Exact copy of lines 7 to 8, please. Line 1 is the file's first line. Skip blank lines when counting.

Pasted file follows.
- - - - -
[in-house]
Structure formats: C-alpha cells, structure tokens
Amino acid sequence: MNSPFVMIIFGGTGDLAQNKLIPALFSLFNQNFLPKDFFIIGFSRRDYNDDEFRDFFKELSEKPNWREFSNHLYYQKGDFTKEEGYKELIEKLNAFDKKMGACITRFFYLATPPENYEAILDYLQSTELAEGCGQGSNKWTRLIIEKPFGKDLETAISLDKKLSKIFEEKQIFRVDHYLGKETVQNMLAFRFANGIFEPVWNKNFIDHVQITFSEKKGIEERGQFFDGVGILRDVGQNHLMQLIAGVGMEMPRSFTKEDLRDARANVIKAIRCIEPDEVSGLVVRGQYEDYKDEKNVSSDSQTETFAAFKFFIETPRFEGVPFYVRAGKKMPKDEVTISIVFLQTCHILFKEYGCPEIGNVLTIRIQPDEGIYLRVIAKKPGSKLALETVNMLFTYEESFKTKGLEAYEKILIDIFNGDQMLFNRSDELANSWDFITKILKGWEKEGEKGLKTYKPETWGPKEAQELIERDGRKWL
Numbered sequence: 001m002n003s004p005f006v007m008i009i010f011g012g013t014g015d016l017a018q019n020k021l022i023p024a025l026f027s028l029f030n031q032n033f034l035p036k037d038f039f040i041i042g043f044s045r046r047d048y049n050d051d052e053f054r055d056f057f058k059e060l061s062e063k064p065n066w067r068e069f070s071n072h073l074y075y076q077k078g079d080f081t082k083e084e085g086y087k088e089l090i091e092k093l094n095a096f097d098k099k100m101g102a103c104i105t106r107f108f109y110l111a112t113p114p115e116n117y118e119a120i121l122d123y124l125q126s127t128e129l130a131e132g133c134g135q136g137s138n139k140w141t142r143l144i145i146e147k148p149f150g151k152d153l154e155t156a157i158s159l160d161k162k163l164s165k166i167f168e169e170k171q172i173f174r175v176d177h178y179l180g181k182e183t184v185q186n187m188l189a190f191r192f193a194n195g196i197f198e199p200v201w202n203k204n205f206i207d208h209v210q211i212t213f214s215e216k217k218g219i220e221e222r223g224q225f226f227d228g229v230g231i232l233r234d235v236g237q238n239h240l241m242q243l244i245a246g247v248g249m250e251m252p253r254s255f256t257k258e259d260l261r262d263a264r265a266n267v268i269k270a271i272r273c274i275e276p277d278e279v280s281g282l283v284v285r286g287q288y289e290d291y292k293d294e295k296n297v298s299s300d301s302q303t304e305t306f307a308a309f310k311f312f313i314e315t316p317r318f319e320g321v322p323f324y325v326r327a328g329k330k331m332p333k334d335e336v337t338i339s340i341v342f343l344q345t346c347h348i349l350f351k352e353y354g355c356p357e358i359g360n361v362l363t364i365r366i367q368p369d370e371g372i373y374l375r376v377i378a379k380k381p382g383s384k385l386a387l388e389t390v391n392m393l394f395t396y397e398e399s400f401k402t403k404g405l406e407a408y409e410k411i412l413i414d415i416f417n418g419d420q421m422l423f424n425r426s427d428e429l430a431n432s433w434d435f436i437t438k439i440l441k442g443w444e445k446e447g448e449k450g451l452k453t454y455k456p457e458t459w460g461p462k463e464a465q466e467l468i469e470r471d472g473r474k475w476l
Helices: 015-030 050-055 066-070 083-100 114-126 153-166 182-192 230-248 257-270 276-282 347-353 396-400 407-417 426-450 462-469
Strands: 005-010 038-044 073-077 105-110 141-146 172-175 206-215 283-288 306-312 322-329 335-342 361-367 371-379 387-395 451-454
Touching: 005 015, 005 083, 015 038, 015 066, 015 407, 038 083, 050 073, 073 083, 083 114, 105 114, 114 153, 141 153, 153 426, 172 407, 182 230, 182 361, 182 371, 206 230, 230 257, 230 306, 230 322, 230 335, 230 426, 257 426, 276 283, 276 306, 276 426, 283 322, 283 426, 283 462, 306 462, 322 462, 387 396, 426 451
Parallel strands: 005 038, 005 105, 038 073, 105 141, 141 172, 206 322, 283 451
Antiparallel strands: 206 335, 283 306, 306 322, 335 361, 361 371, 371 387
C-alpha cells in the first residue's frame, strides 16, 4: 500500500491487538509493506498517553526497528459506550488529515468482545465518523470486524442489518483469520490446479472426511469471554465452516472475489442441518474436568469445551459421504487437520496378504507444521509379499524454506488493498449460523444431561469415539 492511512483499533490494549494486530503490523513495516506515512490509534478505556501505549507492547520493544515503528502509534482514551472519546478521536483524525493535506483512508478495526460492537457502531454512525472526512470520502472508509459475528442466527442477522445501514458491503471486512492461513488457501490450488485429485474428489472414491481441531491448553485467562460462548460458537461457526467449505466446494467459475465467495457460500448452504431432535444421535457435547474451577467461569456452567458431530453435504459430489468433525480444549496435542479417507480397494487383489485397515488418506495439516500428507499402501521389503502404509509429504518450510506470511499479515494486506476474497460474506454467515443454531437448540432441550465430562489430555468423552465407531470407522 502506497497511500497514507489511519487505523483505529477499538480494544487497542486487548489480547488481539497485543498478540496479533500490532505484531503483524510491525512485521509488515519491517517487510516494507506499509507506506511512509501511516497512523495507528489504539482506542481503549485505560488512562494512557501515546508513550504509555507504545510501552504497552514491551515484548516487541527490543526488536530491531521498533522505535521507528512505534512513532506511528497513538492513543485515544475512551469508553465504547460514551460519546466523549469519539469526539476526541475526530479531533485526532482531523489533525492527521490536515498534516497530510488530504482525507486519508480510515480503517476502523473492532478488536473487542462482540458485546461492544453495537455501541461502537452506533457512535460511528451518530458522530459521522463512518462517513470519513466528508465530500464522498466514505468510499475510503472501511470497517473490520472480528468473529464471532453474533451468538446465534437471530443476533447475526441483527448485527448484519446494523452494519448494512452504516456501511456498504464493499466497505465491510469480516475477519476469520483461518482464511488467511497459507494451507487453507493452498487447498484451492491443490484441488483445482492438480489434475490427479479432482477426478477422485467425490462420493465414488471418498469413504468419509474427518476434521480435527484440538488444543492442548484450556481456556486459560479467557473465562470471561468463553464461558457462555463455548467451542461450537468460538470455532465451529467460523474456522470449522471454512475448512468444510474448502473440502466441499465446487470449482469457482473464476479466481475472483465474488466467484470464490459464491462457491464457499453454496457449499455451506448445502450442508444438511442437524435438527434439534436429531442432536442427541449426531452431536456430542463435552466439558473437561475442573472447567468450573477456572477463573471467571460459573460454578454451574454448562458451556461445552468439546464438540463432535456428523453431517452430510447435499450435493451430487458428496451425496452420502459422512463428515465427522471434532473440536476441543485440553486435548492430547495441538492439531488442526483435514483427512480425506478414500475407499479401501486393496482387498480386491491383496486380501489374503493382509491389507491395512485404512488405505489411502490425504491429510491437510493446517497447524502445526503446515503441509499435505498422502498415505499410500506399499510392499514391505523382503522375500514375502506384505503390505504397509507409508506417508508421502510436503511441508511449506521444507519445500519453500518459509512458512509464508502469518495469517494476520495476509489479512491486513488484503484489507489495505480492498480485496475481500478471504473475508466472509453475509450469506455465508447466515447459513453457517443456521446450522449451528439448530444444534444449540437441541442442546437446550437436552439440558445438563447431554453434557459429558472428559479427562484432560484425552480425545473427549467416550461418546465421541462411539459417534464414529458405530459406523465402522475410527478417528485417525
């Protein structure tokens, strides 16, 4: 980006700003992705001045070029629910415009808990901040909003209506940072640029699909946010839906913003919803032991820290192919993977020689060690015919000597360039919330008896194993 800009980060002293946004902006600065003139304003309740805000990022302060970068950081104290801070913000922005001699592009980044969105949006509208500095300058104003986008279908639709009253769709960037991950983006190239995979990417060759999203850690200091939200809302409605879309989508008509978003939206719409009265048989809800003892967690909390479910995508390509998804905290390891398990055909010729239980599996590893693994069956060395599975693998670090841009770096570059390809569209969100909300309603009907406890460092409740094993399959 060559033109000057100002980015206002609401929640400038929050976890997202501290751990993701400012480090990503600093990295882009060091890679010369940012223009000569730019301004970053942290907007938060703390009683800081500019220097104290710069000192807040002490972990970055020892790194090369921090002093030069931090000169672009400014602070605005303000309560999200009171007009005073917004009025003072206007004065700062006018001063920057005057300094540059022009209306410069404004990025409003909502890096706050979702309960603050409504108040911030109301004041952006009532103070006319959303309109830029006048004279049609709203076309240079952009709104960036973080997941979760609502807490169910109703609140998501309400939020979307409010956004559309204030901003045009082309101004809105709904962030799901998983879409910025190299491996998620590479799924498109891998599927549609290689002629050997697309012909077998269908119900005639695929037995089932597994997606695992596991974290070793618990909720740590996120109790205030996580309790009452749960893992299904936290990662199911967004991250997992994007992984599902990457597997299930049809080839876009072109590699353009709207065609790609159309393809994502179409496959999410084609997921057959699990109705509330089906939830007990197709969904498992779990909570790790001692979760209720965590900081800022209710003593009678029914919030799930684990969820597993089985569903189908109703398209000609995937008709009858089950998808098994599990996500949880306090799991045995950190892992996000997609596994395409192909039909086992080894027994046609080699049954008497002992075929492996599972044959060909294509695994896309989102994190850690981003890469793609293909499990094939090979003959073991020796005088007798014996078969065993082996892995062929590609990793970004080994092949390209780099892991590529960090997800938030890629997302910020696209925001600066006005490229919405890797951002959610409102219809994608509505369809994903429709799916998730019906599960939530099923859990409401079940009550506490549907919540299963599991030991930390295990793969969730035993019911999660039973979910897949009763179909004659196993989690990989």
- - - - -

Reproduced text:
Touching: 005 015, 005 083, 015 038, 015 066, 015 407, 038 083, 050 073, 073 083, 083 114, 105 114, 114 153, 141 153, 153 426, 172 407, 182 230, 182 361, 182 371, 206 230, 230 257, 230 306, 230 322, 230 335, 230 426, 257 426, 276 283, 276 306, 276 426, 283 322, 283 426, 283 462, 306 462, 322 462, 387 396, 426 451
Parallel strands: 005 038, 005 105, 038 073, 105 141, 141 172, 206 322, 283 451